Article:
As digital technology evolves and consumers eat up the ease and convenience of the latest innovations, foodservice operations increasingly lean on virtual reality to lift sales.
More and more consumers these days have foodservice under their thumb—literally. In fact, so many foodies are feeding their need for the speed and convenience of restaurant apps, there’s been a 70% growth in usage, according to survey results from GlobalWebIndex.1
The consumer data and analytics firm found that among a cross-section of foodies (defined as people with a strong interest in food, restaurants or cooking), the percentage of consumers between the ages of 16 and 64 using apps rose from 20% to 34%.1 And the upward arc of usage continues.1
Quick service restaurants continue their shift into high gear, turbocharging sales and outpacing the competition.
According to the financial services company FirstData, QSRs surged high atop the dining segment in 2017 through 1Q18.1 The quick service category posted year-over-year growth of 6.6% in consumer spending—an especially impressive figure when compared with upscale dining, which declined 1.7%.1
It can seem a tall order for foodservice operators to thrive these days. Innovate or evaporate is a suitable mantra, given tight margins, rising labor costs and insistent consumer demand for speed, convenience and exciting new flavor experiences.
A prime example of the shifting foodservice landscape, the rise of subscription meal kits has delivered a blow to the bottom line, siphoning off $5 billion in market share1 and encouraging consumers to eat in and bypass takeout. And in-store meal kit sales from traditional retailers are surging too, jumping 26.5% last year to $154.6 million.2 Spending on meal kits is picking up speed at a rate 3x faster than other channels.2
Ups and downs may be par for the course for independent restaurants, but now they seem to be happening simultaneously.
According to the NPD Group, a leading provider of industry analysis and advisory services, independent restaurants are expected to spend about $39 billion with foodservice manufacturers and broadline distributors this year—even though unit count dropped 3% in fall 2017 versus a year earlier.1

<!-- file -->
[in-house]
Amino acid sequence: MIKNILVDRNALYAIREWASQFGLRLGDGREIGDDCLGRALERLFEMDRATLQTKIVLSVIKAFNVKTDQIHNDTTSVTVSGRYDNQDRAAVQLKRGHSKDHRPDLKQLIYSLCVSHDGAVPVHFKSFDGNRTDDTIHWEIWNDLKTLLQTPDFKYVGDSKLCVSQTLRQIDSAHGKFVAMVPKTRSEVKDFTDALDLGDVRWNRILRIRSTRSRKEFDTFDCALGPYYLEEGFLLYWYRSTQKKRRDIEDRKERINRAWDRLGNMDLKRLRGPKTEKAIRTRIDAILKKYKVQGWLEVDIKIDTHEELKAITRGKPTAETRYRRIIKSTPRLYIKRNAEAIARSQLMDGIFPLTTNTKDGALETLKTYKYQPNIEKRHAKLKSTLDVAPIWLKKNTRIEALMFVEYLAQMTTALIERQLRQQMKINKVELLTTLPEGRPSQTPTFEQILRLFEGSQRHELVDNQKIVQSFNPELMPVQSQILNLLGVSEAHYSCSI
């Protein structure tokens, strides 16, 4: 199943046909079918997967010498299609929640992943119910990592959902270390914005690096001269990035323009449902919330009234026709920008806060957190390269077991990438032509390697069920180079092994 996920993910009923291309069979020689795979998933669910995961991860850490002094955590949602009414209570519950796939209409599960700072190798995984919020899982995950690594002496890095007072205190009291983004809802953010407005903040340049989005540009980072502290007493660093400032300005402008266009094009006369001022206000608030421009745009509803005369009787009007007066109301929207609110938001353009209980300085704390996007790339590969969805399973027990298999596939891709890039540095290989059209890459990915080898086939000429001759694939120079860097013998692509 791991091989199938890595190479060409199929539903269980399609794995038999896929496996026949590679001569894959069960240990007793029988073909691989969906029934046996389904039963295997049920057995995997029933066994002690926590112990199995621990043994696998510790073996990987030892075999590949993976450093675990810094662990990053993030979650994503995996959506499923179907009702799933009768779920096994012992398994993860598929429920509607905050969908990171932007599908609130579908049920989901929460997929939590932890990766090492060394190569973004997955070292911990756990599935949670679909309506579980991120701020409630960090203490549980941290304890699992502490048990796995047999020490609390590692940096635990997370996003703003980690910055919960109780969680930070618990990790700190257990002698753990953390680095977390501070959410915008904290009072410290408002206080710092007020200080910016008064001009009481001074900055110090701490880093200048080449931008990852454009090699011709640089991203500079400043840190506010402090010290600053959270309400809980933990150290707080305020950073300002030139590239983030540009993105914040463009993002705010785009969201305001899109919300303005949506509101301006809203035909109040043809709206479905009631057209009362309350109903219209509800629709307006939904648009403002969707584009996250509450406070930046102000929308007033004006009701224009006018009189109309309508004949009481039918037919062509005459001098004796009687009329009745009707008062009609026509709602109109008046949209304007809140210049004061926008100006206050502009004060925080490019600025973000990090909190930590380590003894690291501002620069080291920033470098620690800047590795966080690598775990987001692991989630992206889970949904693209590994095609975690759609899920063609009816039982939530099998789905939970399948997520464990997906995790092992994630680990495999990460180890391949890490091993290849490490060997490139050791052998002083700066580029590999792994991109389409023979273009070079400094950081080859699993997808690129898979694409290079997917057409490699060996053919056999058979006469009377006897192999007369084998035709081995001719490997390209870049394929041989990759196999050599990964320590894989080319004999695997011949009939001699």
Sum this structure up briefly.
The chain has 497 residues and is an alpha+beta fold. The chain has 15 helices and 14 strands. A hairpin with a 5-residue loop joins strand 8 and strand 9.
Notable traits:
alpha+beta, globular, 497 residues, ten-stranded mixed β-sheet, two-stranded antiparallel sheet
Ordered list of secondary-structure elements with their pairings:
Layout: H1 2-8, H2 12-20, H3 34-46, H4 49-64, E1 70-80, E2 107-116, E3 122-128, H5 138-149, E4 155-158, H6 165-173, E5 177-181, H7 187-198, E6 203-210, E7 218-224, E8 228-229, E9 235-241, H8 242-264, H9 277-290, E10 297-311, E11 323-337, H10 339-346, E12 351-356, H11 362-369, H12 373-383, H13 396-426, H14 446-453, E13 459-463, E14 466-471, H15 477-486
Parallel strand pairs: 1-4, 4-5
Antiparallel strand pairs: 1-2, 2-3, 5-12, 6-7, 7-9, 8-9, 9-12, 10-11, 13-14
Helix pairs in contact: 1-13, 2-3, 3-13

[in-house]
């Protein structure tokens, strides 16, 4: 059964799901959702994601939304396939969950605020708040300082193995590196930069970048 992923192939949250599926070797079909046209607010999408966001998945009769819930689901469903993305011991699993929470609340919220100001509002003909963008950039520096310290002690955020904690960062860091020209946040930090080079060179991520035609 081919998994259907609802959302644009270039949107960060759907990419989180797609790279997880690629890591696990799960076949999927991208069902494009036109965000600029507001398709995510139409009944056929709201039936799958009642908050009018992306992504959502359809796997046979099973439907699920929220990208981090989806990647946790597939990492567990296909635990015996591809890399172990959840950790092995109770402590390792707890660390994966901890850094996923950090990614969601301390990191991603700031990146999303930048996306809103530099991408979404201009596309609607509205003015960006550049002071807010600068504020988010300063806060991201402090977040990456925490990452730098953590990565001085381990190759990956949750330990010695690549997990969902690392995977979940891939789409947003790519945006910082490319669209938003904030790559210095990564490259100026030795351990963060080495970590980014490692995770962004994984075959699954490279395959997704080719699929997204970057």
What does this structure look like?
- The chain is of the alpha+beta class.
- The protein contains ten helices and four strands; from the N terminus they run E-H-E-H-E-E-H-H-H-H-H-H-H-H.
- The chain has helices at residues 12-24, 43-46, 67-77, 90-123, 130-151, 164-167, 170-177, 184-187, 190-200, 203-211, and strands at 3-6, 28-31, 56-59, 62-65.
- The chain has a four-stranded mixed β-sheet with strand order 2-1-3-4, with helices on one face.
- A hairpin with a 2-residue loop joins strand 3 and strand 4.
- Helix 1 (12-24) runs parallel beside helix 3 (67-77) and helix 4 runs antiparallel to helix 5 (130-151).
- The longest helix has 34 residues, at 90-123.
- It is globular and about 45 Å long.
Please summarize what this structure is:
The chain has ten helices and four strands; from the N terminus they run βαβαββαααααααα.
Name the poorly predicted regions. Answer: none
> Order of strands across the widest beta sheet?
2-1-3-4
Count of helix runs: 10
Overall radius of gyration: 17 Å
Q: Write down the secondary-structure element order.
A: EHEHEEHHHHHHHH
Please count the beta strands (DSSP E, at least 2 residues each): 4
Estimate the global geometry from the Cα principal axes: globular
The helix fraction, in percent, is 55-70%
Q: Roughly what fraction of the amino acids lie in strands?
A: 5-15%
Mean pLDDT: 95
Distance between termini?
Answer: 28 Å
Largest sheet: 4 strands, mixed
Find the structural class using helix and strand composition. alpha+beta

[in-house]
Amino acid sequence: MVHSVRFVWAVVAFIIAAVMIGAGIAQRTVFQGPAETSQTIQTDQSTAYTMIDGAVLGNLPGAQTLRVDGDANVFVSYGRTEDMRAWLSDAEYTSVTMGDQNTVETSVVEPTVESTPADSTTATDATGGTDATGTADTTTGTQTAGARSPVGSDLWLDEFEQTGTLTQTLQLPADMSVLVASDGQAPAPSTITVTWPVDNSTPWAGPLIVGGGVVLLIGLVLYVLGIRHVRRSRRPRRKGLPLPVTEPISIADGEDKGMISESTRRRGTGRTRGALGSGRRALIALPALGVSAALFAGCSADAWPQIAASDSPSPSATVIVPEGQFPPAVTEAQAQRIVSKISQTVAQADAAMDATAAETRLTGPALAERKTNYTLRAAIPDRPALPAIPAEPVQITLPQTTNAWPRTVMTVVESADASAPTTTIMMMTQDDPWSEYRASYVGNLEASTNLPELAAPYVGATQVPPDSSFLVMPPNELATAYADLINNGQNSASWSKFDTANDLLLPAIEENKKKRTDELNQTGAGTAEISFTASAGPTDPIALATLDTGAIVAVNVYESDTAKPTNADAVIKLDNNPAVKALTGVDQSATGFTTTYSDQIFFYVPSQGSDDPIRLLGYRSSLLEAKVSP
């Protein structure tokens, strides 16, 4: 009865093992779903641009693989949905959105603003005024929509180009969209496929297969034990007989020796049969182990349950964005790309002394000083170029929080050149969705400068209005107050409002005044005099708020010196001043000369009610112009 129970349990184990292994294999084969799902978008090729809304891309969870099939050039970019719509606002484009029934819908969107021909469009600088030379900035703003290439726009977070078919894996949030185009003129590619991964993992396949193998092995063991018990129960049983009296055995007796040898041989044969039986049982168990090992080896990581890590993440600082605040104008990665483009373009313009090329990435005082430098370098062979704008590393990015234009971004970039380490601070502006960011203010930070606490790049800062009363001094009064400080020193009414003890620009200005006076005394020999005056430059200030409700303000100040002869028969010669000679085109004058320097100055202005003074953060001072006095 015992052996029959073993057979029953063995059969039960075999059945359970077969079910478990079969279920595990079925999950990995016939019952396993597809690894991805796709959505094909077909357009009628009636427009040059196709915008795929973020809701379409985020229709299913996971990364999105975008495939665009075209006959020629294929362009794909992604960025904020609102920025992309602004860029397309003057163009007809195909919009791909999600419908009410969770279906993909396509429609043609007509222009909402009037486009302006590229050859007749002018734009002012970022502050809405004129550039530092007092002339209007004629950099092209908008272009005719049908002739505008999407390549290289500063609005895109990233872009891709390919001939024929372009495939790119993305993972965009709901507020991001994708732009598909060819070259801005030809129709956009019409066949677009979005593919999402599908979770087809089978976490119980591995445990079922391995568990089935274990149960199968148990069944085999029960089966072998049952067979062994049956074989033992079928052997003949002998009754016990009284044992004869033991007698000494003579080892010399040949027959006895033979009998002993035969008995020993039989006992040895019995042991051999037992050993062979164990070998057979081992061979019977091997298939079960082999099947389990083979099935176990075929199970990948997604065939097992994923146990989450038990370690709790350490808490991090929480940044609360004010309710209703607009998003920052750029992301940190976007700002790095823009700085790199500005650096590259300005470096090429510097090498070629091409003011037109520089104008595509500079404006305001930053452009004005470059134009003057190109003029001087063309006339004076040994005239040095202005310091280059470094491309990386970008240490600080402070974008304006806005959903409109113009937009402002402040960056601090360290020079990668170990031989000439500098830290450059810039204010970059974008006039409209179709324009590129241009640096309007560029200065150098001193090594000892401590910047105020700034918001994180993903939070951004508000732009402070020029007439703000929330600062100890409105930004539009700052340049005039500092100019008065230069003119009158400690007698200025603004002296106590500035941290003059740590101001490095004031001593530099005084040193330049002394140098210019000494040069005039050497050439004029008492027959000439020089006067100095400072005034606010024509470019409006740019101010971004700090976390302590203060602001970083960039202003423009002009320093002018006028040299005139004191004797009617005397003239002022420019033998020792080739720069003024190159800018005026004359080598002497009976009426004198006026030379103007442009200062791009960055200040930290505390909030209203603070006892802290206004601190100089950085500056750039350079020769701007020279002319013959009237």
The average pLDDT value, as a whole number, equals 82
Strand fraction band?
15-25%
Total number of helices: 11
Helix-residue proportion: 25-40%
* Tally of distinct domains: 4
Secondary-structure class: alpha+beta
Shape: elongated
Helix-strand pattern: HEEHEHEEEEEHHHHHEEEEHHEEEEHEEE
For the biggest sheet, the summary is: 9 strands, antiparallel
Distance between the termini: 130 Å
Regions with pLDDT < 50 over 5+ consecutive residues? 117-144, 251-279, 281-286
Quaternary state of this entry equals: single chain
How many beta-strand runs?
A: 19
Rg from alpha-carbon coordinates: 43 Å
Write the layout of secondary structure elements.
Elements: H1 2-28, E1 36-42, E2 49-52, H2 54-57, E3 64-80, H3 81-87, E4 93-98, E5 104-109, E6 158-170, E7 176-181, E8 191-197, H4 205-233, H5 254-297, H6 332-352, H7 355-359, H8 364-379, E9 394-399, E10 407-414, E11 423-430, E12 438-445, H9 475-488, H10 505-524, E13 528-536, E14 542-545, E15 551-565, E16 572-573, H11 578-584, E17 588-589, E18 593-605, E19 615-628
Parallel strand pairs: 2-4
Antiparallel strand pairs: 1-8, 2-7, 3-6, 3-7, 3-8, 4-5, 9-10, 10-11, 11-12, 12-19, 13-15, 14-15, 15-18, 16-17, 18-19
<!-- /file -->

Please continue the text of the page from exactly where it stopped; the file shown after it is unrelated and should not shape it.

Small world, big sales seems to be the rule of thumb for foodservice operators these days. According to the global information and measurement company Nielsen, consumer appetite for snacking is surging worldwide.1 Last year the snack business hit a sweet spot, serving up $3.4 billion in global growth.1
In fact, while America may be the land of the free and the home of the snack-happy, other regions of the world have pulled ahead in value growth. In 2017, Europe led the pack, with $905.93 million, followed by Asia Pacific at $895.65 million.1 The U.S., where snacking has become so popular 94% of consumers surveyed partake at least once a day,2 landed third in snack sales, racking up $750.56 million.1
Millennials are serving foodservice operators a feast of opportunities. In tune with technology, with a hunger for eating out and takeout, they’re at the forefront of the food revolution, driving such foodservice trends as farm-to-table and fast casual, according to Forbes.1
The millennial feeding frenzy has reached fever pitch, helping to drive a generational shift that has sent the percentage of consumers who dine out soaring from 25.9% in 1970 to a 43.5% in 2017.1 The trend took hold as more women entered the workforce and busy lifestyles made eating out a convenient option, with a cost differential often perceived to be negligible compared to cooking at home.1
Millennials have the fever for flavor adventures—and as the largest U.S. age demographic,1 they just may take the cake as tastemakers whose preferences influence snack selections found on grocery stores and menus around the country.
As a recent article in The Washington Post reports, millennials love to snack, and their tendency to bypass traditional meals in favor of grazing drives demand for an ever-expanding array of snack options.1 In particular, healthy options such as roasted chickpeas, chia seed pudding and popped sorghum have emerged from obscurity to take a star turn as better-for-you fare.1
In a youth-driven snack market hungry for menu innovation, alternative ingredients have been going through a prolonged growth spurt. Families with children drive the market, and as younger generational cohorts (and their buying power) grow, sales are likely to grow too.1
The popularity of alternative-ingredient snacks are on the rise as demand for better-for-you options steadily increases, particularly in the salty snack segment. The alternative-ingredient snack market posted a 7% growth rate in 2016—a faster rate than salty snacks as a whole.2
Breakfast and morning snacks are on a roll, serving up the sunny side of the foodservice business. In fact, according to the research firm NPD Group, it’s the only daypart that’s growing.1 With a one percent rise in restaurant traffic for the year ended February 18, breakfast seems to be hatching fresh opportunities at a time when lunch has been flat and dinner down a percentage point.1
If a one-percent rise in traffic seems like a slim slice of success, consider that breakfast is expanding rapidly beyond the morning daypart. Thirty-percent of consumers surveyed are purchasing breakfast items during later dayparts more often than they did two years earlier, according Technomic, a foodservice research and planning firm.2